On 3 May Adil Soz, IFEX's member in Kazakhstan, will be revealing the winners of its third annual caricature contest, an event that has actually revived a dying art: the editorial cartoon. Adil Soz has teamed up with free expression groups in the region, including the Public Association "Journalists" (PAJ) in Kyrgyzstan and the National Association of Independent Mass Media, Tajikistan (NANSMIT) to collate the finest depictions of free expression in the region into a calendar. The groups will distribute 1,000 copies to media outlets and local and international media advocacy organisations. The Central Asian groups have also run an essay contest on free expression. Perhaps some of the young activists who were detained in Almaty, Kazakhstan last week for planning a 3 May protest on Internet censorship will share their experiences. After 3 May, winning entries of both contests can be viewed here: http://www.adilsoz.kz/?id=207&lan=english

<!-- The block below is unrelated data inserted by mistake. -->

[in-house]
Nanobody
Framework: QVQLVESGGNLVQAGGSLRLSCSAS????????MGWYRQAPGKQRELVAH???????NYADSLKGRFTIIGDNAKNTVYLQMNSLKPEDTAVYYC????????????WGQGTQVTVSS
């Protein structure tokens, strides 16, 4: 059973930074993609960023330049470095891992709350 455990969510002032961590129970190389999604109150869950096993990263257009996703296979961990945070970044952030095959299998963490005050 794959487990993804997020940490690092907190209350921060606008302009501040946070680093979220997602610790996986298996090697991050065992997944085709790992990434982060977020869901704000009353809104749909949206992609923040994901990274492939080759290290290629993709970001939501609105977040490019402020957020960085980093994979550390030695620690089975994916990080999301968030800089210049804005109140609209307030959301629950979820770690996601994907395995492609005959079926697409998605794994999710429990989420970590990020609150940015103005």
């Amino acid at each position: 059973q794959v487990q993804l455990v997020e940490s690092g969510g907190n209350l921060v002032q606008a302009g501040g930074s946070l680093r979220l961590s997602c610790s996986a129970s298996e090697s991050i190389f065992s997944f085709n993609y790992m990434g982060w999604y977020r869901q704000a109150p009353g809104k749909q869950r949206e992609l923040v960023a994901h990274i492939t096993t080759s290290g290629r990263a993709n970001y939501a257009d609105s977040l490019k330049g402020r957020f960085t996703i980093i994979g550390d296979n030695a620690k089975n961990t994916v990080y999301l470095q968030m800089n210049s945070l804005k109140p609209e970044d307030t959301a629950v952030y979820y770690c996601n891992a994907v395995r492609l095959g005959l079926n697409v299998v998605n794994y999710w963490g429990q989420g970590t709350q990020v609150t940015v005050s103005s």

Besides hunger striking for detained U.S.-Iranian journalist Roxana Saberi, Reporters Without Borders called for the release of two other women journalists who have been "taken hostage" by governments: Euna Lee and Laura Ling, U.S. reporters employed by California-based Current TV, have been held in Pyongyang since 17 March: http://www.rsf.org/article.php3?id_article=31094

The Institute of Reporters' Freedom and Safety lamented the woeful press freedom situation in Azerbaijan, with four journalists "wrongfully imprisoned," defamation still a criminal offence and a ban on foreign broadcasters in the national media market: http://tinyurl.com/cyox5l